If connecting all of your cables isn't the most difficult part of PC construction, it's at least the part that requires the most manual dexterity. Everything that's not directly connected to your motherboard needs to be plugged into your motherboard or your PSU at this step — GPU, storage, fans, front-facing USB and audio ports, etc.
The good news is that every cable has a clearly defined port on the motherboard or the PSU; the bad news is that the text is often tiny, and you may have to do some manual gymnastics to get everything to fit together neatly.
Remember: Always connect cables to the closest possible power source, keep fan pathways as clear as possible, and don't cross wires if you can avoid it. Modern cases tend to have cable routing around the back, so even if one side of your PC winds up as a horrible rats' nest, the other will look clean and presentable. More importantly, clear space promotes better airflow, which means cooler hardware, which means better performance.
12. Boot up and go
If all of your cables are connected correctly, you should now be able to boot up your PC by pressing the power button. Better still: If you followed my earlier advice, you should be able to install Windows and hit the ground running. From here on in, it's just normal computer operation, so get out there and enjoy those games.
12. (Optional) Troubleshoot your gear
By following these steps (as well as frequently consulting instruction manuals, or more detailed guides if you get confused), you should now have a fully functioning PC.
However, when I finished putting together our test rig, I didn't. Our motherboard had a slight hitch that caused the PC to start up, shut down instantly, then power up normally instead of powering on smoothly. While hardware malfunctions are relatively uncommon, they can happen — clearly, they did to us.
I'll write a more thorough piece about how I discovered (and addressed) the flaw in our system, but the bottom line is that you've just constructed a brand-new machine, and it should work perfectly. If it doesn't, you may only have a limited amount of time on your hardware's warranties, so don't dawdle.
While a lot of things can go wrong with a PC, there are a few common culprits. Try the following before you start repacking components and requesting shipping labels:
- Ensure that every cable is connected properly
- Press down on everything in a slot and make sure it clicks
- Especially your RAM
- Install the latest BIOS from your motherboard's manufacturer
- And set every value to default
- Clear the CMOS
- (This process varies considerably from motherboard to motherboard, so consult your instructions, or a dedicated hardware site)
Hopefully, this piece has inspired a first-timer or two to pick up that screwdriver and get their hands dirty. Building a PC isn't nearly as simple as just buying one, but the process is rewarding, not to mention a whole lot cheaper.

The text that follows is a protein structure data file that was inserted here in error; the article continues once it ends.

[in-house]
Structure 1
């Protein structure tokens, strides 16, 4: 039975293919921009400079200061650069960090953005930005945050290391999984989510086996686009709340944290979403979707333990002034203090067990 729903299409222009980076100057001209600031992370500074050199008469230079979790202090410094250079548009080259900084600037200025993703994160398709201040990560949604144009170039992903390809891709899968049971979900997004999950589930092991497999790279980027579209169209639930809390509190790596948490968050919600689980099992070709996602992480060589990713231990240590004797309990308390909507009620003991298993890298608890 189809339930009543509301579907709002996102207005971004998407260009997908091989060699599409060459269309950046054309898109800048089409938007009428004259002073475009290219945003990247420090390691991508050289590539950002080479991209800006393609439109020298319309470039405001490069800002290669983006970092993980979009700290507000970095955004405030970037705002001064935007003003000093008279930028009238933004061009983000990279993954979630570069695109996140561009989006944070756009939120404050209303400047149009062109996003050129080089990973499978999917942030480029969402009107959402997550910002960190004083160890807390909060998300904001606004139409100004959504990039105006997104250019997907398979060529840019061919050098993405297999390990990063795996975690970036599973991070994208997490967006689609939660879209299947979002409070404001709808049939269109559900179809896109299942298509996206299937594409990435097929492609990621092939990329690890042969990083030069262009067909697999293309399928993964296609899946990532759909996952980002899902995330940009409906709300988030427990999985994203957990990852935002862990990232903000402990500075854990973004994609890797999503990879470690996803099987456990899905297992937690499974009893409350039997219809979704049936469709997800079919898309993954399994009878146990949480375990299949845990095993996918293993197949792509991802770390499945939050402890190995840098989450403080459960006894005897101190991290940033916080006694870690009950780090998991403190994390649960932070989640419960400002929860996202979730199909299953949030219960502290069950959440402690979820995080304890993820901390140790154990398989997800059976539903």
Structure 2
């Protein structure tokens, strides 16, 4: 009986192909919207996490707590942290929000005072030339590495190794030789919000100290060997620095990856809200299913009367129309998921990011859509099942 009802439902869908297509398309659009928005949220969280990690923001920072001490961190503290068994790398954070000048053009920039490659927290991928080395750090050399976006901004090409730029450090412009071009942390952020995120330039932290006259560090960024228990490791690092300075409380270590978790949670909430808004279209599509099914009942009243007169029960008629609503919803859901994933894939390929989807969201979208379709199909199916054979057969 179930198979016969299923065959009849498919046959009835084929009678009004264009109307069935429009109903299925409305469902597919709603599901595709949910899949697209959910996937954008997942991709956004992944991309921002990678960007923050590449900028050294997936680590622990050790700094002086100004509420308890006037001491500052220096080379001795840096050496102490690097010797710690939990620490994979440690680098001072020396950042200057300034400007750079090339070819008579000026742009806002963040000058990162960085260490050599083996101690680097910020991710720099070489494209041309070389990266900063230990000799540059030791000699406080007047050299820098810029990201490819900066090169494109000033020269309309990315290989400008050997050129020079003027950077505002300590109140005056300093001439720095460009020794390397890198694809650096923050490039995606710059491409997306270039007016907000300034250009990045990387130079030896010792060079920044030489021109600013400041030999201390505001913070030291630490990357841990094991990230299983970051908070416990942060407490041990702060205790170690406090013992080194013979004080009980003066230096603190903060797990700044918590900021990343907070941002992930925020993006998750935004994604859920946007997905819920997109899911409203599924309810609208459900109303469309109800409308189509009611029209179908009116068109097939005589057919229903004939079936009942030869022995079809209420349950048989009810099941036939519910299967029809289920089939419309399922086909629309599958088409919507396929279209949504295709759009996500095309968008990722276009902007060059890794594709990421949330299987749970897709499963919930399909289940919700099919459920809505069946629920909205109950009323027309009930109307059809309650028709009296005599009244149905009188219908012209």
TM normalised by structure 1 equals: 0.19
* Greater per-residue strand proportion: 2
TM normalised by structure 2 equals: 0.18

Even though I was pretty out of practice, I got back in the groove easily enough and I think the same will be true for most adventurous gamers.
My one word of warning would be to bring Band-Aids (or Elastoplast for our UK readers). If you can get through this whole process without cutting at least one finger, my hat's off to you.
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Marshall Honorof is a senior editor for Tom's Guide, overseeing the site's coverage of gaming hardware and software. He comes from a science writing background, having studied paleomammalogy, biological anthropology, and the history of science and technology. After hours, you can find him practicing taekwondo or doing deep dives on classic sci-fi.
You have your ram configured in a single channel configuration rather than a dual channel configuration (I believe). If your motherboard is like most then there should be a space between the two ram sticks. It'll tell you which ram slots to use specifically in the motherboard manual.Reply
You are correct, as confirmed by page 4 of the motherboard manual:R-Lad said:You have your ram configured in a single channel configuration rather than a dual channel configuration (I believe). If your motherboard is like most then there should be a space between the two ram sticks. It'll tell you which ram slots to use specifically in the motherboard manual.
R-Lad said:You have your ram configured in a single channel configuration rather than a dual channel configuration (I believe). If your motherboard is like most then there should be a space between the two ram sticks. It'll tell you which ram slots to use specifically in the motherboard manual.
I came here to say exactly this. That and the CPU cooler installation are cringy enough to make me go find better sources. It's been maybe 10 years since I've built a PC so I'm just here for a refresher. Pretty sure Marshall needs a refresher more than I do. Bummer.